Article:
Open Access

Quantitative evaluation of severity of behavioral and psychological symptoms of dementia in patients with vascular dementia

  • Wei-Dong Pan1,
  • Sohei Yoshida2,
  • Qian Liu3,
  • Chun-Lan Wu1,
  • Jun Wang1,
  • Jin Zhu1 and
  • Ding-Fang Cai4Email author
Translational Neurodegeneration20132:9

https://doi.org/10.1186/2047-9158-2-9

Received: 29 January 2013

Accepted: 19 April 2013

Published: 22 April 2013

Abstract

To quantitatively evaluate severity of behavioral and psychological symptoms of dementia (BPSD) for vascular dementia (VD). Changes of 51 patients with VD in BPSD between the first and 24th week were assessed using the Neuropsychiatric Inventory (NPI) and the behavioral pathology in Alzheimer’s disease (BEHAVE-AD) rating scale, in detrended fluctuation analysis (DFA) represented by diurnal activity (DA), evening activity (EA), and nocturnal activity (NA), and the relationships were analyzed. The subscores of activity disturbances, diurnal rhythm disturbances, and anxieties and phobias in the BEHAVE-AD score, and that of agitation, irritability, and sleep disorder in the NPI score were significantly increased compared with the first week, as was for the changes for EA in the DFA value. A linear correlation was observed between the changes of activity disturbances plus anxieties and phobias, and those of DA, and between the development of diurnal rhythm and those of EA, the vehement and autism scores and those of DA, and the difference in sleep disorder scores and those of EA, respectively. Analysis of DA, NA, and EA may reflect the fluctuational degrees of VD-BPSD, can provide a useful assessment of VD-BPSD accompanied by clinical scores for VD.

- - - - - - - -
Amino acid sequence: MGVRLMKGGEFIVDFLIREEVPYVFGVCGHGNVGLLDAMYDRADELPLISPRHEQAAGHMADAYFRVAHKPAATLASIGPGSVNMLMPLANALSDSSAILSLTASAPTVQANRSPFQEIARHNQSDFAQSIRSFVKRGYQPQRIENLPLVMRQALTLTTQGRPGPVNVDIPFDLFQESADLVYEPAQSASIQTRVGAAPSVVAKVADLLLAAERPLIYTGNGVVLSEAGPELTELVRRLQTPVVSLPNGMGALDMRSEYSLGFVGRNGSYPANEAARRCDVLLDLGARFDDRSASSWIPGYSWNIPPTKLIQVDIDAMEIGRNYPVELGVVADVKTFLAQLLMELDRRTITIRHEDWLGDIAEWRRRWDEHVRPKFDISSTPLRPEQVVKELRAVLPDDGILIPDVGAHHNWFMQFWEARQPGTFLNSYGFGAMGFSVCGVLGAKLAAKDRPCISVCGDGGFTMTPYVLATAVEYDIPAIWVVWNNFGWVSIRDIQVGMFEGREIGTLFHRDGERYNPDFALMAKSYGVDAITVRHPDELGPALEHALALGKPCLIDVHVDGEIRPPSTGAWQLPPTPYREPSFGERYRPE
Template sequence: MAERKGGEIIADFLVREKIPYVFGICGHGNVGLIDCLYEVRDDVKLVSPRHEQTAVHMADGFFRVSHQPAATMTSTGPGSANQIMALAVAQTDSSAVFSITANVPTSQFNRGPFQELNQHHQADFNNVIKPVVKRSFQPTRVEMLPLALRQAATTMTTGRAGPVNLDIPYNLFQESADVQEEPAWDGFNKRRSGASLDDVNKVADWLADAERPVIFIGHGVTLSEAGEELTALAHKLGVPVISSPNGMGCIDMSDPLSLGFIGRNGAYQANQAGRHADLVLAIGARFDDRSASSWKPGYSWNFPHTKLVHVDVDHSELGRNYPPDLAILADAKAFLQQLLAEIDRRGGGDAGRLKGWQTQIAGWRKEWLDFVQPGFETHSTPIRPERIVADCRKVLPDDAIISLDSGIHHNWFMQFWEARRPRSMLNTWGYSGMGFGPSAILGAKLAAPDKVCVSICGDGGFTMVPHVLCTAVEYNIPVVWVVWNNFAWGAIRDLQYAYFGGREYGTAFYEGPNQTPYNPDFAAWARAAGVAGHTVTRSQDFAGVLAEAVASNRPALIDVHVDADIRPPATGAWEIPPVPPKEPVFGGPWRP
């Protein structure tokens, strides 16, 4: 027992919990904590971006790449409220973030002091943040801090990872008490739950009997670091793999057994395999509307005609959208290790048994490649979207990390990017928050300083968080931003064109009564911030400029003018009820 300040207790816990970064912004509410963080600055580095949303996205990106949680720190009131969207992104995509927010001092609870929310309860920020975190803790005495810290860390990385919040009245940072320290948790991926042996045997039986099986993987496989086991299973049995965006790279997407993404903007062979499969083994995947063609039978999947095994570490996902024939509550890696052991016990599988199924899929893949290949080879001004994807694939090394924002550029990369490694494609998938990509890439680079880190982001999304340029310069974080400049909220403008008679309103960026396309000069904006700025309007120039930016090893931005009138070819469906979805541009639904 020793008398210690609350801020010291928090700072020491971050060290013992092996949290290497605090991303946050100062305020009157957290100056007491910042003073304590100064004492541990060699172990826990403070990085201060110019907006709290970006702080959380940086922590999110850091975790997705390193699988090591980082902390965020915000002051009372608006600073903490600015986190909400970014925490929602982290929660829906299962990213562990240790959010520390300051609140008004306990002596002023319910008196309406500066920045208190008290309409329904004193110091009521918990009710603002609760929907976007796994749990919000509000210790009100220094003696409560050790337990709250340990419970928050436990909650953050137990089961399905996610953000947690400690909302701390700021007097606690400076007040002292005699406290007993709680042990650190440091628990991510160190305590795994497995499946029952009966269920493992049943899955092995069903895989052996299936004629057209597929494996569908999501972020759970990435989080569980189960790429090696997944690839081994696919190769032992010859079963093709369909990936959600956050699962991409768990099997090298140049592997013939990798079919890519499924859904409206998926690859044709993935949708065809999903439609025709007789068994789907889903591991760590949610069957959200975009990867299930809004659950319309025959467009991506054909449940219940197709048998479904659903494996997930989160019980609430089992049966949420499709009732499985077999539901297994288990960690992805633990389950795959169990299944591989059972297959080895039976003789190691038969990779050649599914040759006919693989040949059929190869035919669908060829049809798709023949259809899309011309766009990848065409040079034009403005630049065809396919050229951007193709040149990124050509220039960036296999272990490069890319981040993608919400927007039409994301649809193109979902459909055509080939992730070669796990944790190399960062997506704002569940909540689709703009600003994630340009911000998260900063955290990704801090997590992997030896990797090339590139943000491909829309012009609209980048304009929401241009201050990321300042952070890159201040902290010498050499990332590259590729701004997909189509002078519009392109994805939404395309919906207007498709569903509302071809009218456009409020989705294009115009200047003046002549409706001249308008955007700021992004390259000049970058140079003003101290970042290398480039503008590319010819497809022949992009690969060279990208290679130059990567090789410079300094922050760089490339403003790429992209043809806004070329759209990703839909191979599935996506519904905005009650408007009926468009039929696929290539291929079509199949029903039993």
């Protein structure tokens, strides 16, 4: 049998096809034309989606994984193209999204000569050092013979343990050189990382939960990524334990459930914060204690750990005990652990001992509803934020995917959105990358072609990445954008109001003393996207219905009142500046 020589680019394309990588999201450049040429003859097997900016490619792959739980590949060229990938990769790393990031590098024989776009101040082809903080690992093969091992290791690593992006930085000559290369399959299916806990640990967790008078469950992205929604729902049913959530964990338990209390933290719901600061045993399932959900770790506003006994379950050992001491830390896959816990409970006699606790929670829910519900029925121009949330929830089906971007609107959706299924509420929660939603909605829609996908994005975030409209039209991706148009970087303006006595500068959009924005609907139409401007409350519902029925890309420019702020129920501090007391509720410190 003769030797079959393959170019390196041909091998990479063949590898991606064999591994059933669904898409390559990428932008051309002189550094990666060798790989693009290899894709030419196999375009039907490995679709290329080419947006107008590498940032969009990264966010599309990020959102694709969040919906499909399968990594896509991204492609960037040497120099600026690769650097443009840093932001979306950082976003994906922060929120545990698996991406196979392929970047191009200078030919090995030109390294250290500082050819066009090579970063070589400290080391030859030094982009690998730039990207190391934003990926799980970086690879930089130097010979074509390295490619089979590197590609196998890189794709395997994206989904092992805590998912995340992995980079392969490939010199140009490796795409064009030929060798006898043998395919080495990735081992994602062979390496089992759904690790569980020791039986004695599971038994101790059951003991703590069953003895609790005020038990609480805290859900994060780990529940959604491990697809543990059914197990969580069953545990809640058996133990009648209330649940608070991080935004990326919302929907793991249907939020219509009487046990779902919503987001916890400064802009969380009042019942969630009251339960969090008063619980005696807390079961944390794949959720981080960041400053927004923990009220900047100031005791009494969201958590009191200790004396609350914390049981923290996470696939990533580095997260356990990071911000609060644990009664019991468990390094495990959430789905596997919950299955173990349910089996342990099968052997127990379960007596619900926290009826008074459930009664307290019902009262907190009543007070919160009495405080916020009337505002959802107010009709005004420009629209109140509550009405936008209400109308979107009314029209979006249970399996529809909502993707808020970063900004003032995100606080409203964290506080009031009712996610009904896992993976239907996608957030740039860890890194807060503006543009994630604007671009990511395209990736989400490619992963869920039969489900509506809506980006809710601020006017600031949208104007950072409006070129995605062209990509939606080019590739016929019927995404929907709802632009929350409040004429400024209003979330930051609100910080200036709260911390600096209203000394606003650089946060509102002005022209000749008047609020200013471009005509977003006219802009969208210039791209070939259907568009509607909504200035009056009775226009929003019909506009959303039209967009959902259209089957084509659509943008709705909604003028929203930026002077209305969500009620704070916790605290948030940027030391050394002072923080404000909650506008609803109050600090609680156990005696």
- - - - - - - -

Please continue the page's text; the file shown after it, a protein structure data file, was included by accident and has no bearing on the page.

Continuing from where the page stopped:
Keywords

Vascular dementia Behavioral and psychological symptoms of dementia Rating scale of the behavioral pathology in Alzheimer’s disease Neuropsychiatric inventory Actigraph

Introduction